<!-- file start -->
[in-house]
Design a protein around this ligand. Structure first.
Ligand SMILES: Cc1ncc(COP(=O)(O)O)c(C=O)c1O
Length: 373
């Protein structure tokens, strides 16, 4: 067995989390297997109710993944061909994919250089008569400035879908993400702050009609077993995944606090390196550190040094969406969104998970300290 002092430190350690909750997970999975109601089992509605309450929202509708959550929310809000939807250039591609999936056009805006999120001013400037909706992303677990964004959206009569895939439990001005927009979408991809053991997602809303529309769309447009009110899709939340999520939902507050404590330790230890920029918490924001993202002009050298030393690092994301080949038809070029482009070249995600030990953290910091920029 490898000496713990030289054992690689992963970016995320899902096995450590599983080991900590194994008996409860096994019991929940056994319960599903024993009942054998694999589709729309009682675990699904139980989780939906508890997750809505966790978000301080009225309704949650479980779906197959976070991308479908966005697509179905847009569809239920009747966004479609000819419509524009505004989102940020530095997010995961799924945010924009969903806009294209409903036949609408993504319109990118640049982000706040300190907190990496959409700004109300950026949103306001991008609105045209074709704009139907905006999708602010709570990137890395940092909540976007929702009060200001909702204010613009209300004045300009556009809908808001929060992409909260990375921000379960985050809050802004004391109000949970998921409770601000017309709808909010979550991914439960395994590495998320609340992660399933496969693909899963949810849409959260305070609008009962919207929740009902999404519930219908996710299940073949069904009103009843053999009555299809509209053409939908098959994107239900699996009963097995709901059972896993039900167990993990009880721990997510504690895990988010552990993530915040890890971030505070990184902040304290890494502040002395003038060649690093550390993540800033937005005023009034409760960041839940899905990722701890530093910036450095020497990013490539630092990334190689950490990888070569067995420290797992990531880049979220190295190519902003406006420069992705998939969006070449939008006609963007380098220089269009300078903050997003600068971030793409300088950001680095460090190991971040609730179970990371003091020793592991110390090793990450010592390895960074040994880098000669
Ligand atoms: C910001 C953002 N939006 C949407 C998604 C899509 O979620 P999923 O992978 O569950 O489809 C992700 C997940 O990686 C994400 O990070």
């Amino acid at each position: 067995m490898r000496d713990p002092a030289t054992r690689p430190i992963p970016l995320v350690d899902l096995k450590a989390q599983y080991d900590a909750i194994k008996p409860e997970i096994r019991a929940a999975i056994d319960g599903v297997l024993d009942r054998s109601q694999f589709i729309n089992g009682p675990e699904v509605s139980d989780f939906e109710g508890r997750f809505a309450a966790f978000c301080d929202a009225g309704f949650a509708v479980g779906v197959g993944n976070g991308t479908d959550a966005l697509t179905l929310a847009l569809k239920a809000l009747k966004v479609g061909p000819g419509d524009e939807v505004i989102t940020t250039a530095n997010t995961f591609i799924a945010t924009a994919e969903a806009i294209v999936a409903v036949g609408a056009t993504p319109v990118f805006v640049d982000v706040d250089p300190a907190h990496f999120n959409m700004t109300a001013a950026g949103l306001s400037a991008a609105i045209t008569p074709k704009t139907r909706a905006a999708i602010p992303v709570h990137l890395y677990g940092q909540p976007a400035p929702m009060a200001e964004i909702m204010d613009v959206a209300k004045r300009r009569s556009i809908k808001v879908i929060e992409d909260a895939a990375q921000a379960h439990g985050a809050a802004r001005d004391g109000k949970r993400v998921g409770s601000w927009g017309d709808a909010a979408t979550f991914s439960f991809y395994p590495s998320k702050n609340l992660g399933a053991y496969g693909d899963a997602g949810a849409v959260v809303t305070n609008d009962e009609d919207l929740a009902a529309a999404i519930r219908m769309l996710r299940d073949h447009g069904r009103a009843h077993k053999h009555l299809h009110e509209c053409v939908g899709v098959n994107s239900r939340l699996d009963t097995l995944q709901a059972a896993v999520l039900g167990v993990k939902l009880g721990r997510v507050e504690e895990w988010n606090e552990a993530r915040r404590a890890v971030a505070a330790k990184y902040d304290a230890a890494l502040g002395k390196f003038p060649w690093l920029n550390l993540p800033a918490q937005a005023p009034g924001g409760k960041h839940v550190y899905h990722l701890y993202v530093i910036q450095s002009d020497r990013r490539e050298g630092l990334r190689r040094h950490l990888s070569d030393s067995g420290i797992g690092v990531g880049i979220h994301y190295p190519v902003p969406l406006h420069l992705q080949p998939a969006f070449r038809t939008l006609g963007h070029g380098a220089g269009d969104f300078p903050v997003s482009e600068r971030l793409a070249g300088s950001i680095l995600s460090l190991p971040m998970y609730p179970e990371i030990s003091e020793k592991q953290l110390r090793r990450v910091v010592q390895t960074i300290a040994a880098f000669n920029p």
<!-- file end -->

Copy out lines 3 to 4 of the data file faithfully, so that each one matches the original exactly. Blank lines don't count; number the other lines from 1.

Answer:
Ligand SMILES: Cc1ncc(COP(=O)(O)O)c(C=O)c1O
Length: 373